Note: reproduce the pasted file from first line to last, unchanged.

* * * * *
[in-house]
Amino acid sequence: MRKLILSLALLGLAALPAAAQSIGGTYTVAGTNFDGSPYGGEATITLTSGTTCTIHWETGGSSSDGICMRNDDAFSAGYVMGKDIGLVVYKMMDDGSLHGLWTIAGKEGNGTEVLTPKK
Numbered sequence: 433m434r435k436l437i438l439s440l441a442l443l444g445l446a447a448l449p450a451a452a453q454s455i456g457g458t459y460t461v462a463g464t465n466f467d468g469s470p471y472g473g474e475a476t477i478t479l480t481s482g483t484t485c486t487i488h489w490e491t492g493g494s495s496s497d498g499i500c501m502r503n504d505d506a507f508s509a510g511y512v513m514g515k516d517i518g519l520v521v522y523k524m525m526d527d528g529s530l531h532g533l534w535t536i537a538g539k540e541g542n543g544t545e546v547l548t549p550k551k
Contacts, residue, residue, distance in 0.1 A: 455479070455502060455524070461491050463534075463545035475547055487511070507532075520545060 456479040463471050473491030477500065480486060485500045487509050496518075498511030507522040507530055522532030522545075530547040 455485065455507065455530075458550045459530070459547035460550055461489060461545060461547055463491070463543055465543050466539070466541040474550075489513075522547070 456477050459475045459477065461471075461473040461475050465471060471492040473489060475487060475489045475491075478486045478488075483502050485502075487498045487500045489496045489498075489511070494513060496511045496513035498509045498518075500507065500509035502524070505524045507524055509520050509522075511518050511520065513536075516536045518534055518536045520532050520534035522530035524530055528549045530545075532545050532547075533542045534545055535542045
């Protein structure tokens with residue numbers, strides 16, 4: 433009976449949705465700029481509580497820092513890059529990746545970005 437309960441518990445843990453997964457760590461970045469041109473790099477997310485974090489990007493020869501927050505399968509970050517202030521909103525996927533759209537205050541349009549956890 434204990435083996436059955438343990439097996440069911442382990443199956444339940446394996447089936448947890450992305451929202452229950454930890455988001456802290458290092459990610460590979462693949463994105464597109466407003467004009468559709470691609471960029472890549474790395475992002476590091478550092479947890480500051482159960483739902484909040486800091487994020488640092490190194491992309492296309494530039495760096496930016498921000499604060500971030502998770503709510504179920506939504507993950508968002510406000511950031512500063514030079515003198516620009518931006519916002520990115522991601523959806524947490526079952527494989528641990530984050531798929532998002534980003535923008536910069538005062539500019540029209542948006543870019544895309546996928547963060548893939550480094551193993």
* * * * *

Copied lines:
[in-house]
Amino acid sequence: MRKLILSLALLGLAALPAAAQSIGGTYTVAGTNFDGSPYGGEATITLTSGTTCTIHWETGGSSSDGICMRNDDAFSAGYVMGKDIGLVVYKMMDDGSLHGLWTIAGKEGNGTEVLTPKK
Numbered sequence: 433m434r435k436l437i438l439s440l441a442l443l444g445l446a447a448l449p450a451a452a453q454s455i456g457g458t459y460t461v462a463g464t465n466f467d468g469s470p471y472g473g474e475a476t477i478t479l480t481s482g483t484t485c486t487i488h489w490e491t492g493g494s495s496s497d498g499i500c501m502r503n504d505d506a507f508s509a510g511y512v513m514g515k516d517i518g519l520v521v522y523k524m525m526d527d528g529s530l531h532g533l534w535t536i537a538g539k540e541g542n543g544t545e546v547l548t549p550k551k
Contacts, residue, residue, distance in 0.1 A: 455479070455502060455524070461491050463534075463545035475547055487511070507532075520545060 456479040463471050473491030477500065480486060485500045487509050496518075498511030507522040507530055522532030522545075530547040 455485065455507065455530075458550045459530070459547035460550055461489060461545060461547055463491070463543055465543050466539070466541040474550075489513075522547070 456477050459475045459477065461471075461473040461475050465471060471492040473489060475487060475489045475491075478486045478488075483502050485502075487498045487500045489496045489498075489511070494513060496511045496513035498509045498518075500507065500509035502524070505524045507524055509520050509522075511518050511520065513536075516536045518534055518536045520532050520534035522530035524530055528549045530545075532545050532547075533542045534545055535542045
């Protein structure tokens with residue numbers, strides 16, 4: 433009976449949705465700029481509580497820092513890059529990746545970005 437309960441518990445843990453997964457760590461970045469041109473790099477997310485974090489990007493020869501927050505399968509970050517202030521909103525996927533759209537205050541349009549956890 434204990435083996436059955438343990439097996440069911442382990443199956444339940446394996447089936448947890450992305451929202452229950454930890455988001456802290458290092459990610460590979462693949463994105464597109466407003467004009468559709470691609471960029472890549474790395475992002476590091478550092479947890480500051482159960483739902484909040486800091487994020488640092490190194491992309492296309494530039495760096496930016498921000499604060500971030502998770503709510504179920506939504507993950508968002510406000511950031512500063514030079515003198516620009518931006519916002520990115522991601523959806524947490526079952527494989528641990530984050531798929532998002534980003535923008536910069538005062539500019540029209542948006543870019544895309546996928547963060548893939550480094551193993």